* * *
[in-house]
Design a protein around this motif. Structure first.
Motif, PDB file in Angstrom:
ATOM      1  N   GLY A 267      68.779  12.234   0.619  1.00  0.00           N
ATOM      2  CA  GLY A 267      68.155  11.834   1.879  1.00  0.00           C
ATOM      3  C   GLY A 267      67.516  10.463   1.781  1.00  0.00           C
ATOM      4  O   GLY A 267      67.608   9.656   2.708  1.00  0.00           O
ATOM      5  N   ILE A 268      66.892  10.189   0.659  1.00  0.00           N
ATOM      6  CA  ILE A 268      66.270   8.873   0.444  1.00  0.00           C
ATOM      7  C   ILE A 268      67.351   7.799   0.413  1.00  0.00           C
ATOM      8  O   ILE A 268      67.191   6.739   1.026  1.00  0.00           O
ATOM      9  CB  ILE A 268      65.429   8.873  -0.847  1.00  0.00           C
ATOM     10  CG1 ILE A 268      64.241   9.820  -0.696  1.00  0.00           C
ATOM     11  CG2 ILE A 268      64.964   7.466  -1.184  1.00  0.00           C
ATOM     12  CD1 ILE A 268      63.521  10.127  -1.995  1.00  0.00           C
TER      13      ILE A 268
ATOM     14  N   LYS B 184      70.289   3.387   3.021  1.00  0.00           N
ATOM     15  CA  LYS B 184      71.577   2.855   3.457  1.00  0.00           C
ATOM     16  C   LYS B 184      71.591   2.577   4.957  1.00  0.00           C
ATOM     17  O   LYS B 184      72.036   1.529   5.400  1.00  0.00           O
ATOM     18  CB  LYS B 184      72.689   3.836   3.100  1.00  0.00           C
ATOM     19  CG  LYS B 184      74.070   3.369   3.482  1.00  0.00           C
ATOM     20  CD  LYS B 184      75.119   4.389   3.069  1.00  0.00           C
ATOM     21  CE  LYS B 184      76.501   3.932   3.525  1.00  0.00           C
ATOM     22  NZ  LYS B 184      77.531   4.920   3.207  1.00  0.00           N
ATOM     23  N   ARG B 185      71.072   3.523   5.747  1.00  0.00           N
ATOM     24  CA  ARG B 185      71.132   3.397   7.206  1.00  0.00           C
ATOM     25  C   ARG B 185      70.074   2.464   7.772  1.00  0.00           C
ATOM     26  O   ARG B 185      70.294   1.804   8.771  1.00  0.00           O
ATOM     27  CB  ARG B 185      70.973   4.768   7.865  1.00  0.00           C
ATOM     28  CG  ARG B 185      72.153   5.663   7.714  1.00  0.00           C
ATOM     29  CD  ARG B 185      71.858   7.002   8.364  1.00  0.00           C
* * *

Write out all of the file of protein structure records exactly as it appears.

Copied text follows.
[in-house]
Design a protein around this motif. Structure first.
Motif, PDB file in Angstrom:
ATOM      1  N   GLY A 267      68.779  12.234   0.619  1.00  0.00           N
ATOM      2  CA  GLY A 267      68.155  11.834   1.879  1.00  0.00           C
ATOM      3  C   GLY A 267      67.516  10.463   1.781  1.00  0.00           C
ATOM      4  O   GLY A 267      67.608   9.656   2.708  1.00  0.00           O
ATOM      5  N   ILE A 268      66.892  10.189   0.659  1.00  0.00           N
ATOM      6  CA  ILE A 268      66.270   8.873   0.444  1.00  0.00           C
ATOM      7  C   ILE A 268      67.351   7.799   0.413  1.00  0.00           C
ATOM      8  O   ILE A 268      67.191   6.739   1.026  1.00  0.00           O
ATOM      9  CB  ILE A 268      65.429   8.873  -0.847  1.00  0.00           C
ATOM     10  CG1 ILE A 268      64.241   9.820  -0.696  1.00  0.00           C
ATOM     11  CG2 ILE A 268      64.964   7.466  -1.184  1.00  0.00           C
ATOM     12  CD1 ILE A 268      63.521  10.127  -1.995  1.00  0.00           C
TER      13      ILE A 268
ATOM     14  N   LYS B 184      70.289   3.387   3.021  1.00  0.00           N
ATOM     15  CA  LYS B 184      71.577   2.855   3.457  1.00  0.00           C
ATOM     16  C   LYS B 184      71.591   2.577   4.957  1.00  0.00           C
ATOM     17  O   LYS B 184      72.036   1.529   5.400  1.00  0.00           O
ATOM     18  CB  LYS B 184      72.689   3.836   3.100  1.00  0.00           C
ATOM     19  CG  LYS B 184      74.070   3.369   3.482  1.00  0.00           C
ATOM     20  CD  LYS B 184      75.119   4.389   3.069  1.00  0.00           C
ATOM     21  CE  LYS B 184      76.501   3.932   3.525  1.00  0.00           C
ATOM     22  NZ  LYS B 184      77.531   4.920   3.207  1.00  0.00           N
ATOM     23  N   ARG B 185      71.072   3.523   5.747  1.00  0.00           N
ATOM     24  CA  ARG B 185      71.132   3.397   7.206  1.00  0.00           C
ATOM     25  C   ARG B 185      70.074   2.464   7.772  1.00  0.00           C
ATOM     26  O   ARG B 185      70.294   1.804   8.771  1.00  0.00           O
ATOM     27  CB  ARG B 185      70.973   4.768   7.865  1.00  0.00           C
ATOM     28  CG  ARG B 185      72.153   5.663   7.714  1.00  0.00           C
ATOM     29  CD  ARG B 185      71.858   7.002   8.364  1.00  0.00           C